MOYO, Uganda – So the blessings keep coming on the Amy For Africa Mission to Moyo.
The AFA teams split up today and got a double-dose from God. Floyd Paris, Chris and Amy Compston, Dr. Maggie Lawentmann and Rob Barber went to an all-Muslim village called Aliba – the location for the fifth Penne Paris school – and were greeted with drums, dancing and singing by more than 5,000 Muslim men, women and children.
Fear? No way. Gabriel Lazarri, Floyd’s right-hand man, had arranged to have 48 troops from the Uganda Army nearby just in case. He didn’t tell them until the ride home.
“I think most of the team there wasn’t but Gabriel and Floyd anticipated that there maybe could be but they step up the security measures necessary,” Amy said. “None of the team members were afraid. It’s just the peace that God gives.”
A police presence was also there to help keep order but it wasn’t necessary. Controlling the happiness of the crowd was their biggest job.
The students from the Penne Paris school showed off their skills for the AFA team, which was treated like royalty. Children were everywhere, including sitting in the trees so they could see.
“We rounded this curve and there was a sea of people. They were all in the road,” Chris said. “We got out of the car and walked the last mile or so.”
“They put their arms around us and danced with us until we got to the area where ‘The Program,”’ was,” Amy said. “They were in their headwraps and Muslim attire.”
Amy was there six months ago when the school was being started. The children have been there since September but they were speaking in clear English where it was easily understood.
“The whole crowd would cheer for them when they did it,” she said. “That’s why we’re accepted because they see the change in these children. The trees were full of children trying to see what was going on.”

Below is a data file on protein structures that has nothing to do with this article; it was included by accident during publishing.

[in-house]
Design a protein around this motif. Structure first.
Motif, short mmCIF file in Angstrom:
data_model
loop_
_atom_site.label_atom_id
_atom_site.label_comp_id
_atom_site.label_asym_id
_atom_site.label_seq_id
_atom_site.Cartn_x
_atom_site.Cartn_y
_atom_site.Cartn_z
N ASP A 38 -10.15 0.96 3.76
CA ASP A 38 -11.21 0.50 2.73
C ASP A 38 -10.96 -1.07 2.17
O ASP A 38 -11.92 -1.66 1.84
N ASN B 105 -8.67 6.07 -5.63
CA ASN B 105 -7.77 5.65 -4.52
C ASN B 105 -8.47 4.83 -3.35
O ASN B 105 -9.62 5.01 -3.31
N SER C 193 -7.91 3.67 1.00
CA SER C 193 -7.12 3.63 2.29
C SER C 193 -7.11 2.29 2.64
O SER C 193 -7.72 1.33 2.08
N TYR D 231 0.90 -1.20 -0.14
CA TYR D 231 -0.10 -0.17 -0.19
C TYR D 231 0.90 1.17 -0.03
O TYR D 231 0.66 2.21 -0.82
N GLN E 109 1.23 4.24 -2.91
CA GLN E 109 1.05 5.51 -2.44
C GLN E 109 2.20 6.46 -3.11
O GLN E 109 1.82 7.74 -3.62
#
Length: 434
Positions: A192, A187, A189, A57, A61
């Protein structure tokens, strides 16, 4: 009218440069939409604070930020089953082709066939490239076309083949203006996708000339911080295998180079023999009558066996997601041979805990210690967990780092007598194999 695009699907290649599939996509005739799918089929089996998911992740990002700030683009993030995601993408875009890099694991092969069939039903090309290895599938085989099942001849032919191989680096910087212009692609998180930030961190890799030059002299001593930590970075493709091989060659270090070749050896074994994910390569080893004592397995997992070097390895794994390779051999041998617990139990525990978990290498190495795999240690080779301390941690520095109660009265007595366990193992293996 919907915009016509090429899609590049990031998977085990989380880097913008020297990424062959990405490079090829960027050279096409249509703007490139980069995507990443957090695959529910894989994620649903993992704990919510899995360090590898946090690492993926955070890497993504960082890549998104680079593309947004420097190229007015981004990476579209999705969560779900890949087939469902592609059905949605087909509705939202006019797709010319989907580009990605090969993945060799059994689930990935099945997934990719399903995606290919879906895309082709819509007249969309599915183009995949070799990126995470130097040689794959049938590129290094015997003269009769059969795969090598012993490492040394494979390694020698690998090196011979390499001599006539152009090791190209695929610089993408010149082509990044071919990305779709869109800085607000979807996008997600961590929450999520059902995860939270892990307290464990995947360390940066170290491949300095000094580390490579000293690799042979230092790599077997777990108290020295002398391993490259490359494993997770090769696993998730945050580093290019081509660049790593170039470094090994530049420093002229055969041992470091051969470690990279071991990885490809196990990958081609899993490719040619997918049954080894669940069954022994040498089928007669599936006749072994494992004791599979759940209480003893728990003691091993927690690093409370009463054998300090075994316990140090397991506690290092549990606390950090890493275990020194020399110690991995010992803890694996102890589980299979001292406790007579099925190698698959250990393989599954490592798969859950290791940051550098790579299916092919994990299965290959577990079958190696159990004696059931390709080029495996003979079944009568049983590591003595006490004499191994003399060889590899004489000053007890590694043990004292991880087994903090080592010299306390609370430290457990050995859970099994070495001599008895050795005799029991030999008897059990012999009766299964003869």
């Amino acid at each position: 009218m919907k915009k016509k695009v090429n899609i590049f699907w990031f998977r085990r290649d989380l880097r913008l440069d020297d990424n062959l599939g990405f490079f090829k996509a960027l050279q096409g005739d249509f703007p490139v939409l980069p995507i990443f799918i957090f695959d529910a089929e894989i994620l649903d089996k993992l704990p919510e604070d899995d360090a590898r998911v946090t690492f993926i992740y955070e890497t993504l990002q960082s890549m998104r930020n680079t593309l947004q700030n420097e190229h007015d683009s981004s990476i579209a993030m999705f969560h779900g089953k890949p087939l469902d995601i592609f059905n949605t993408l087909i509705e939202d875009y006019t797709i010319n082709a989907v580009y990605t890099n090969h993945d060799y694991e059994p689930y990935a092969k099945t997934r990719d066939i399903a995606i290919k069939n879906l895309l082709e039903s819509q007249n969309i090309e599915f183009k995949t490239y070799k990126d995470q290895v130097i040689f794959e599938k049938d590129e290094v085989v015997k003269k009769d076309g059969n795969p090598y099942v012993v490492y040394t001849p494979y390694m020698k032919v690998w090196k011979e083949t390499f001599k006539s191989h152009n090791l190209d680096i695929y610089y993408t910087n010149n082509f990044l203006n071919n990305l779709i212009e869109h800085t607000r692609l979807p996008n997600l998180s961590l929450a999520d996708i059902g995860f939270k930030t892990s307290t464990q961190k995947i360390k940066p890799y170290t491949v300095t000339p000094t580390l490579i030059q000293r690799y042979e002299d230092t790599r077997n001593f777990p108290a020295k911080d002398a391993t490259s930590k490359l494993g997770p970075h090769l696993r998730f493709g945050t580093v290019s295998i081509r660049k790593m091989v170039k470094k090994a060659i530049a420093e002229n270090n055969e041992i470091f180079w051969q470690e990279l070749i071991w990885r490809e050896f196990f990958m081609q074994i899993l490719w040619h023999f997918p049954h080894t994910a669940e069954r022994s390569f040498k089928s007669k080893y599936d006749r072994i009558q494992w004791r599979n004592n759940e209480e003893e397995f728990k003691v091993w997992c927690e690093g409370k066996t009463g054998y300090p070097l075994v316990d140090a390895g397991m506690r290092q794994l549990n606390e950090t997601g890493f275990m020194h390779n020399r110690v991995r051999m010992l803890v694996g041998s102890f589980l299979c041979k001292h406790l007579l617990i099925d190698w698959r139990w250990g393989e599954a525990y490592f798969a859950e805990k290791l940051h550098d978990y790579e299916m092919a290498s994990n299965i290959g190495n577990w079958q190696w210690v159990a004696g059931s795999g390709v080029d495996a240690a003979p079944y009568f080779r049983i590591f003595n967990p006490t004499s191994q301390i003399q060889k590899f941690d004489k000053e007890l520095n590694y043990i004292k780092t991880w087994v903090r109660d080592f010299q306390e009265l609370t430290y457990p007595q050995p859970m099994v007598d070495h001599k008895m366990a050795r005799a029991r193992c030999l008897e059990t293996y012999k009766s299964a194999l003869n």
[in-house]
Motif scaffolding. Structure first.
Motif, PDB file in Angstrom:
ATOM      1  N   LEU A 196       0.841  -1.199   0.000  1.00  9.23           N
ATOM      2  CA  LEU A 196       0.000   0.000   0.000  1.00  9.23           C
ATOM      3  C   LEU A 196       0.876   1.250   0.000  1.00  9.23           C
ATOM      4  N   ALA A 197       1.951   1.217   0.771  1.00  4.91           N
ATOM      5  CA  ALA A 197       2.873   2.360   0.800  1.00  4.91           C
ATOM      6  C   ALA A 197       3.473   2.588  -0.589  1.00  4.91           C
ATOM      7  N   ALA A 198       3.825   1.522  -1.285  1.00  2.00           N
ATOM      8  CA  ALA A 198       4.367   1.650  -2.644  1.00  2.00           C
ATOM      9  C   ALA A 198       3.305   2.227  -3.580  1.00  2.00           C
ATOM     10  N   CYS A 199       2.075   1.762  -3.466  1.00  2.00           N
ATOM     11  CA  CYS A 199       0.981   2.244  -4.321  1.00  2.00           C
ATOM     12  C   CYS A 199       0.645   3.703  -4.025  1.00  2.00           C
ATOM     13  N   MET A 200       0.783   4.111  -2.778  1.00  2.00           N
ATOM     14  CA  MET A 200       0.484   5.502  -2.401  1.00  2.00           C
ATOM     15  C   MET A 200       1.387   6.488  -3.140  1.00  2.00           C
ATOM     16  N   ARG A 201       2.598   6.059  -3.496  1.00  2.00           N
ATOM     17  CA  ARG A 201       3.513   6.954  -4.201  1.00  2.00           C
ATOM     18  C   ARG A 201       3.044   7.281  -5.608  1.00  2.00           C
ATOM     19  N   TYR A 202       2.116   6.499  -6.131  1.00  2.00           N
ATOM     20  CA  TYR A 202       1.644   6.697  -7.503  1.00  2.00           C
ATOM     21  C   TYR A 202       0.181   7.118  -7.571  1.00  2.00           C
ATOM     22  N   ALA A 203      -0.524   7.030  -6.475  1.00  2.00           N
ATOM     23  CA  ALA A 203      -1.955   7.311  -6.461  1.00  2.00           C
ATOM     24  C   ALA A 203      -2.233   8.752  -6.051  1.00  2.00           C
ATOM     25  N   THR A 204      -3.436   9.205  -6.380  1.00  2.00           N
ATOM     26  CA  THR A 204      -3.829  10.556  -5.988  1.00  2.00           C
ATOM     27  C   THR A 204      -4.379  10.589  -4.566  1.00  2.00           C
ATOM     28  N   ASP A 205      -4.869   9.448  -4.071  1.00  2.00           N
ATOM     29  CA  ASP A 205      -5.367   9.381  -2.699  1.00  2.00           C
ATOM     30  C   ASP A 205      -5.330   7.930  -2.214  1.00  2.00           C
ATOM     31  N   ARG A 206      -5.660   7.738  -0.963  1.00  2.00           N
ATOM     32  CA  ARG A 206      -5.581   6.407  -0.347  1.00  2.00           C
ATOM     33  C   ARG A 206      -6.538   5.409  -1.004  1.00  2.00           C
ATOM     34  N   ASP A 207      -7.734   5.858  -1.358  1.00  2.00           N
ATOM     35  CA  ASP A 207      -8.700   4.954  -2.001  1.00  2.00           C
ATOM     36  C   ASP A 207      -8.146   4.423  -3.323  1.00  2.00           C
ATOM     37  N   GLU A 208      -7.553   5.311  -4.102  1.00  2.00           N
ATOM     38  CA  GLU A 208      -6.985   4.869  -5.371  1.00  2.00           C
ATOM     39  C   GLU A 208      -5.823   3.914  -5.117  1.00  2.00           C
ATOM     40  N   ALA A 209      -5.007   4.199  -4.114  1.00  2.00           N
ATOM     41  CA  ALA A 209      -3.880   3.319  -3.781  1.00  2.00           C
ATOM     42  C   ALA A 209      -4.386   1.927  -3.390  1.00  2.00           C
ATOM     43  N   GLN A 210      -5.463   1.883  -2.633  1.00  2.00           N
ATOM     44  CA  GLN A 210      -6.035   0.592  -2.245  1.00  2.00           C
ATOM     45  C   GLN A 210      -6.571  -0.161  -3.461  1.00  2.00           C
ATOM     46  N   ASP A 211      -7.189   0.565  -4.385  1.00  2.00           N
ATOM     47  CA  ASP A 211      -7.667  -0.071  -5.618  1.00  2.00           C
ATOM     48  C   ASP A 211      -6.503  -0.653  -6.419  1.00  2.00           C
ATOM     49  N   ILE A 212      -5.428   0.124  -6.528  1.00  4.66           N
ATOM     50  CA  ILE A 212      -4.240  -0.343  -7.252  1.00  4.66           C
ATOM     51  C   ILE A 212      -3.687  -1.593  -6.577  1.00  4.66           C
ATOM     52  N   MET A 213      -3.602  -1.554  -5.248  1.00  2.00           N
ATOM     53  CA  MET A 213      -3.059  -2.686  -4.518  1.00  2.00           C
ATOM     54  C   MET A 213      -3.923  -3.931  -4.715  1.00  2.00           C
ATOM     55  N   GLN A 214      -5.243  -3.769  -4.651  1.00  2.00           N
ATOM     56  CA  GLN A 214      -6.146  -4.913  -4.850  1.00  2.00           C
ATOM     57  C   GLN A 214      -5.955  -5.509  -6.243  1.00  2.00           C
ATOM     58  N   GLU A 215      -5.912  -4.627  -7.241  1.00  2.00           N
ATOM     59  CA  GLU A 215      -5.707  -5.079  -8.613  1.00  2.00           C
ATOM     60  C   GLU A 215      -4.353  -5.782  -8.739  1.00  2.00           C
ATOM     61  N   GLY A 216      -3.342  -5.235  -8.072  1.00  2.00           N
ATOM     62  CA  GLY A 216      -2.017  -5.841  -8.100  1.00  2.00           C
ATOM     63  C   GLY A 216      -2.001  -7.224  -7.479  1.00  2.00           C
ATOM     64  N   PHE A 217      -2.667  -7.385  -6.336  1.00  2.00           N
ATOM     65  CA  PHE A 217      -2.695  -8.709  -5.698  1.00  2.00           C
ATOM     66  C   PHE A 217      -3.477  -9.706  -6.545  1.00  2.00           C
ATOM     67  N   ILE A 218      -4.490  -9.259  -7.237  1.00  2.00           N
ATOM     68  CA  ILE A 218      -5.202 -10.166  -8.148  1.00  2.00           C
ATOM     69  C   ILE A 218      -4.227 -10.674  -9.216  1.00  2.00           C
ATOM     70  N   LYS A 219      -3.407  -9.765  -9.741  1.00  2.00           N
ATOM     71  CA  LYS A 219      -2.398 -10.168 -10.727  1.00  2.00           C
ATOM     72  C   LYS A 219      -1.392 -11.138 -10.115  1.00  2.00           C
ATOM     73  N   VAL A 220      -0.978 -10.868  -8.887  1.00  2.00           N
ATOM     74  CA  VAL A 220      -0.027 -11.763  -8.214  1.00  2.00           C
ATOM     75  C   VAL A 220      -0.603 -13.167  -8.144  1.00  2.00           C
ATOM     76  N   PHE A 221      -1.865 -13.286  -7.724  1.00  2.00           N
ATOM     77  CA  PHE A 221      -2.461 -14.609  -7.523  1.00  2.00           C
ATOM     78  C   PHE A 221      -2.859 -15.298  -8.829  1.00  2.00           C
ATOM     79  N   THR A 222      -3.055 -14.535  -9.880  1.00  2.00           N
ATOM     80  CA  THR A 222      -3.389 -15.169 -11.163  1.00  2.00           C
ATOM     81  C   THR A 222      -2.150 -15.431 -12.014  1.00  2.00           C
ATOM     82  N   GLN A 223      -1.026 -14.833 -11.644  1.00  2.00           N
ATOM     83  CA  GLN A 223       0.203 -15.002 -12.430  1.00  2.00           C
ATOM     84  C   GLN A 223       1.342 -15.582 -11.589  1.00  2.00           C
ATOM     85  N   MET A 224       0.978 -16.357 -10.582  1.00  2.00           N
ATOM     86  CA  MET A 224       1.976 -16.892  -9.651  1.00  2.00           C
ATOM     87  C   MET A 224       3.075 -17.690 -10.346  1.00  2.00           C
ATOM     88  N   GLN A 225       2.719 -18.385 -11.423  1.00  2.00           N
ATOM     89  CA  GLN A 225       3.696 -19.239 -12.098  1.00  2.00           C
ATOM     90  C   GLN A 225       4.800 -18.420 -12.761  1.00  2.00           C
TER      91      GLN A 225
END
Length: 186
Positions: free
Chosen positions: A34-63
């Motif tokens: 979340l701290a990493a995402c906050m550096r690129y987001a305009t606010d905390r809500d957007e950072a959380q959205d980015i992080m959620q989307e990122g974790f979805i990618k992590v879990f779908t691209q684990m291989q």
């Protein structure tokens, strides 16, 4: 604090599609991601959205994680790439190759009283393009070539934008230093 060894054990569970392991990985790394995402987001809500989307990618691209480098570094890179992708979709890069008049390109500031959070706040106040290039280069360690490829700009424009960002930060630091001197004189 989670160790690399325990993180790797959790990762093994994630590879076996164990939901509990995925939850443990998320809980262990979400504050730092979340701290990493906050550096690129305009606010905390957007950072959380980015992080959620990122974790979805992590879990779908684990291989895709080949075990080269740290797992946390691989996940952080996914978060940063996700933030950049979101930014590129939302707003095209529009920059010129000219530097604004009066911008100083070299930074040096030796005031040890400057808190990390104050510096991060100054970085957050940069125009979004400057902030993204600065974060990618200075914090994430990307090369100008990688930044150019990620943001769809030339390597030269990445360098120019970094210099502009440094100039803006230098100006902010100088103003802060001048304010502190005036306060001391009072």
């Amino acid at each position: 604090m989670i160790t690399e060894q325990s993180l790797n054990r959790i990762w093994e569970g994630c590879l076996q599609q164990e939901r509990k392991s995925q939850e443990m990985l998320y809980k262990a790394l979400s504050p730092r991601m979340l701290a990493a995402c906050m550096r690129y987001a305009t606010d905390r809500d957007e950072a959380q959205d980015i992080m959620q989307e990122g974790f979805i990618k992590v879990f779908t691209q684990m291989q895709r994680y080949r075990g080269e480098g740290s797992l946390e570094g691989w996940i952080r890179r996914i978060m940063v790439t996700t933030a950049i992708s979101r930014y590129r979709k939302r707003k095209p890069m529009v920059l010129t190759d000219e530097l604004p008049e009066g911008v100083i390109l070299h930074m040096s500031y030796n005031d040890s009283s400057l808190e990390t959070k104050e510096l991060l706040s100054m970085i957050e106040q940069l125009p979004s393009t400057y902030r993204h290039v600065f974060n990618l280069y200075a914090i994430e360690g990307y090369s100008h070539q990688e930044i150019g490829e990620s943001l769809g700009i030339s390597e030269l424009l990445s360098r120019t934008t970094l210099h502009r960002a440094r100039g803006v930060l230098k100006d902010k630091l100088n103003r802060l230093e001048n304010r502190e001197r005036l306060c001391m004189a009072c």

Dr. Maggie has had an experience besides the many wounds that were tended to on the day. She saw an active case of leprosy from an older woman who came for treatment. “I did a rewind in my mind four or five times to make sure I hadn’t touched her,” she said. “It was sad to see.”
The AFA team was honored with pop and packages of cookies and Bro. Floyd was able to pray with them.
“Inroads are being made,” Amy said. “They welcomed us back there any time. They said the Christian and Muslim religions are united for now. They want their children to know that Christians are good people.”
The rest of the team – Tony and Amy Blankenbeckley, Rob and Jon VanHoose, Whitney Saucedo, Kathy Whitely, Shannon Luther and I – went to Itula, a peaceful Muslim village located about an hour from Aliba.
The team going to Itula were greeted by children who looked at the mazungas (white man) like they’d never seen one before – and they probably hadn’t. We’ve also found they love looking at themselves after you snap a picture of them. For many, it may be the first time they’ve seen their image. They giggle and giggle. No matter where you go in this world, kids are kids. It’s the same in Moyo.
Me, Jon and Kathy entertained the children while the public address system was being put together. There were around 2,000 who showed up in Itula and more than half of those received shoes. We washed feet, shared Jesus and sent them away happy.